Main Exhibit

Cultural Awakenings in Rhode Island

Struggle, Strength and Dignity

Opportunities for 19th and 20th century artists in Providence

When Roger Williams established the religiously tolerant state of Rhode Island, he imbued a progressive spirit into its legacy. How did the 19th century cultural world embrace this heritage? Afro-American artist Edward Bannister (1828 – 1901) earned a first place medal for painting at the 1876 Philadelphia Centennial Exhibition and went on to found the Providence Art Club in 1880, today the second oldest art club in the country.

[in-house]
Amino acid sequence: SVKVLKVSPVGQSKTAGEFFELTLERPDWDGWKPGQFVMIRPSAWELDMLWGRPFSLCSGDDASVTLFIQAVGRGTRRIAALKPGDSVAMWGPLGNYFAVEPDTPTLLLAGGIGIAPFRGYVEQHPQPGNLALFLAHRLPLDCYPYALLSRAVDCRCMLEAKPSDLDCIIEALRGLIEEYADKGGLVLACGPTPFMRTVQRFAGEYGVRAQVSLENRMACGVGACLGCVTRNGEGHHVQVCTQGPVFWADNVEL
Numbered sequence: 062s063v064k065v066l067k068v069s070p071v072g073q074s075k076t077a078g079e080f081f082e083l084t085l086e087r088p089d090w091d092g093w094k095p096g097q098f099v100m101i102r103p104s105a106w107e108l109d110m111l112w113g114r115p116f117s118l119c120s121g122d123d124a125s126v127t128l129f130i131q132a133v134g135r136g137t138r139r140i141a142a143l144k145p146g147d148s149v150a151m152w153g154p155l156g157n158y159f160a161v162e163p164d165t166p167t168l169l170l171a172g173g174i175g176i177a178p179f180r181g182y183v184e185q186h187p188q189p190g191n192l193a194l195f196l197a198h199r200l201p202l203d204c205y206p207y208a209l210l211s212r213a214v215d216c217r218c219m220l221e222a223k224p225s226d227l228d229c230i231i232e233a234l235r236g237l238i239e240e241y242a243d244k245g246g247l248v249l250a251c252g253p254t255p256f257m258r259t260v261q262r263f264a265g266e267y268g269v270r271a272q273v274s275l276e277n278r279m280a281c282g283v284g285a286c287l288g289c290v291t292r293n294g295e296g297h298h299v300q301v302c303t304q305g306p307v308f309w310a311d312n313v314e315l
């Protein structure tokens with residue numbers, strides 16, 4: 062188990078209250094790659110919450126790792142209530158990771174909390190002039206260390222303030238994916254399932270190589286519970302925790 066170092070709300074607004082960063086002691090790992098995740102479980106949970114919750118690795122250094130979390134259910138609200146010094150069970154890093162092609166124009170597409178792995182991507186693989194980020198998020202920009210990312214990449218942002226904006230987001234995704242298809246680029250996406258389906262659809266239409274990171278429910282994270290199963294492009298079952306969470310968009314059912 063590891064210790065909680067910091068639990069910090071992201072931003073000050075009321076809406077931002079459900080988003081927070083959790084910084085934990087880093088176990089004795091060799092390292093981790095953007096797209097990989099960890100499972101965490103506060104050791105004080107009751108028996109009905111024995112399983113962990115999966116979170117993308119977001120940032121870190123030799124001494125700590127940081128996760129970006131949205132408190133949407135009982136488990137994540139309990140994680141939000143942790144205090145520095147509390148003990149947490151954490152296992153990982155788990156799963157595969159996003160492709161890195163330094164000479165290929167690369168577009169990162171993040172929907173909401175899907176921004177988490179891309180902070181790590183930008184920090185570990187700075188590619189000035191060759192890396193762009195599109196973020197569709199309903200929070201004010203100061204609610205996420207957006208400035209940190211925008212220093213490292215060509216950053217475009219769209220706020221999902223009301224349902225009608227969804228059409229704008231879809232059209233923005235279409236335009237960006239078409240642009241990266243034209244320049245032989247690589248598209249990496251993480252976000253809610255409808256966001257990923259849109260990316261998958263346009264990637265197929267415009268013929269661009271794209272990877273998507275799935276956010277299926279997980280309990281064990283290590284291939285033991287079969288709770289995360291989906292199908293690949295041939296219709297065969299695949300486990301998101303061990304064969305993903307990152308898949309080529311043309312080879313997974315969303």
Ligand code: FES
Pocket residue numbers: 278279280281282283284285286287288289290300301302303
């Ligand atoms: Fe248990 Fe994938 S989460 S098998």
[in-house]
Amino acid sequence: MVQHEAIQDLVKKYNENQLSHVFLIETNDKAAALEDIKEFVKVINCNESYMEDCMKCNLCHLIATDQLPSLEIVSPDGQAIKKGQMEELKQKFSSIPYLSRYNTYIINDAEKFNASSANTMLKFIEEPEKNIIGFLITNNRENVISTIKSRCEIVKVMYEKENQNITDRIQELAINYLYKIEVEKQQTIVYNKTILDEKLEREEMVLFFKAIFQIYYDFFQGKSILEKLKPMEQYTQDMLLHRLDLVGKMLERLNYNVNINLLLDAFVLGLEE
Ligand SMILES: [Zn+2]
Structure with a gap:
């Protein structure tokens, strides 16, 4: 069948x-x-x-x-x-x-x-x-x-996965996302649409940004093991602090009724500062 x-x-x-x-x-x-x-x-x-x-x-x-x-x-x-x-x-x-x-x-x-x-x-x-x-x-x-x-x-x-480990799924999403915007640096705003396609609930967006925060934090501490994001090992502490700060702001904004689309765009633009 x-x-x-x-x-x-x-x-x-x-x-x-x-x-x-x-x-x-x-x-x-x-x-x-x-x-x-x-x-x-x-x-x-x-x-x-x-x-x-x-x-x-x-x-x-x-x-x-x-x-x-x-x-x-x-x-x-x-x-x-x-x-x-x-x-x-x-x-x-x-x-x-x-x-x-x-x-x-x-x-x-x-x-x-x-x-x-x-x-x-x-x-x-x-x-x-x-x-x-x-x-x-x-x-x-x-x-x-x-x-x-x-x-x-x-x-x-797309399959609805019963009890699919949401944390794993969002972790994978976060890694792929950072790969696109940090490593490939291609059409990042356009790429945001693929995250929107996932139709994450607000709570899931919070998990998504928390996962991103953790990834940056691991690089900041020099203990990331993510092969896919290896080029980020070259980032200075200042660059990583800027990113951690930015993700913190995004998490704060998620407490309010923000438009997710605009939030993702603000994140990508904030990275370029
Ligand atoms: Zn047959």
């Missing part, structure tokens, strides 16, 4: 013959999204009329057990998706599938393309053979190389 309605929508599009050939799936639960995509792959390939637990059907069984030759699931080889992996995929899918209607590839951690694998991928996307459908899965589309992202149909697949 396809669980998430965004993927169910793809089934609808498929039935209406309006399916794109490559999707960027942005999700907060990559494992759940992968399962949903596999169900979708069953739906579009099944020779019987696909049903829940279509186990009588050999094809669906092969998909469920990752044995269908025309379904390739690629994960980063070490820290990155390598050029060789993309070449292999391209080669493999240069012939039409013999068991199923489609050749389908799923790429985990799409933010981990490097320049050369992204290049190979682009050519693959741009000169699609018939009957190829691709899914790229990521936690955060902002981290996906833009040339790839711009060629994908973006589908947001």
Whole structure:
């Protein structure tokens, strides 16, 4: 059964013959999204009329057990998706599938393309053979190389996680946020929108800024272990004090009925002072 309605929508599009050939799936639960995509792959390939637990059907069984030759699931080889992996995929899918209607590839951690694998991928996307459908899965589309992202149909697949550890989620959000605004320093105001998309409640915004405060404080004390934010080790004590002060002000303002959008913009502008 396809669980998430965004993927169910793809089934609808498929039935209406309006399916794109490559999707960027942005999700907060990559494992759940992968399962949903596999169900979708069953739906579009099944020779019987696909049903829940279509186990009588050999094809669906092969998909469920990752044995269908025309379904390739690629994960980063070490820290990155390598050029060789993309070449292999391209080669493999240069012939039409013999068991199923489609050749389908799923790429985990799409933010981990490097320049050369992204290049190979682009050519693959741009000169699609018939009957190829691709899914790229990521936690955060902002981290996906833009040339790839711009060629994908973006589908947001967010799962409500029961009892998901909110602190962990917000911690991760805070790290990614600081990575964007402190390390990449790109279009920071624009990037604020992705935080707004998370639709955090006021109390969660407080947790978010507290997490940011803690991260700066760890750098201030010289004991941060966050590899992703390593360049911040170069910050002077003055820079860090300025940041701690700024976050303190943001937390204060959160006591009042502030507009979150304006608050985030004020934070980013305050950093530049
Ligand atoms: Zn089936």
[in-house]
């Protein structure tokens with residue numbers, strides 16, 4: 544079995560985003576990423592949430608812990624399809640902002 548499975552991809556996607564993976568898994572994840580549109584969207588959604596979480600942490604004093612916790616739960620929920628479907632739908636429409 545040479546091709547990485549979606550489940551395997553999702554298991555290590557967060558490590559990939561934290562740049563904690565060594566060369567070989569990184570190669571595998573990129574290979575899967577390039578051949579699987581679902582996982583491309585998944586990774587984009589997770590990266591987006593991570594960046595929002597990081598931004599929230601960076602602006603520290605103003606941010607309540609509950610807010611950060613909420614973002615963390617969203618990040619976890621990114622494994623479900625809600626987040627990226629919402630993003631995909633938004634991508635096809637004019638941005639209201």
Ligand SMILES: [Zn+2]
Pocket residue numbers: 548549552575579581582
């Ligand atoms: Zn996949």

A woman, Mrs. Jesse Metcalf, founded the Rhode Island School of Design in 1878, training women in respectable art professions when there were few employment opportunities available to single woman. By the twentieth century, Italian and Irish immigrants flooded the state for jobs in the wake of the industrial revolution. Italian born artist, Antonio Cirino (1888 – 1983/> broke through ethnic barriers at the competitive arena at RISD and onto the local art scene. This exhibit explores the accomplishments of visual artists in Rhode Island who changed societal mores to achieve recognition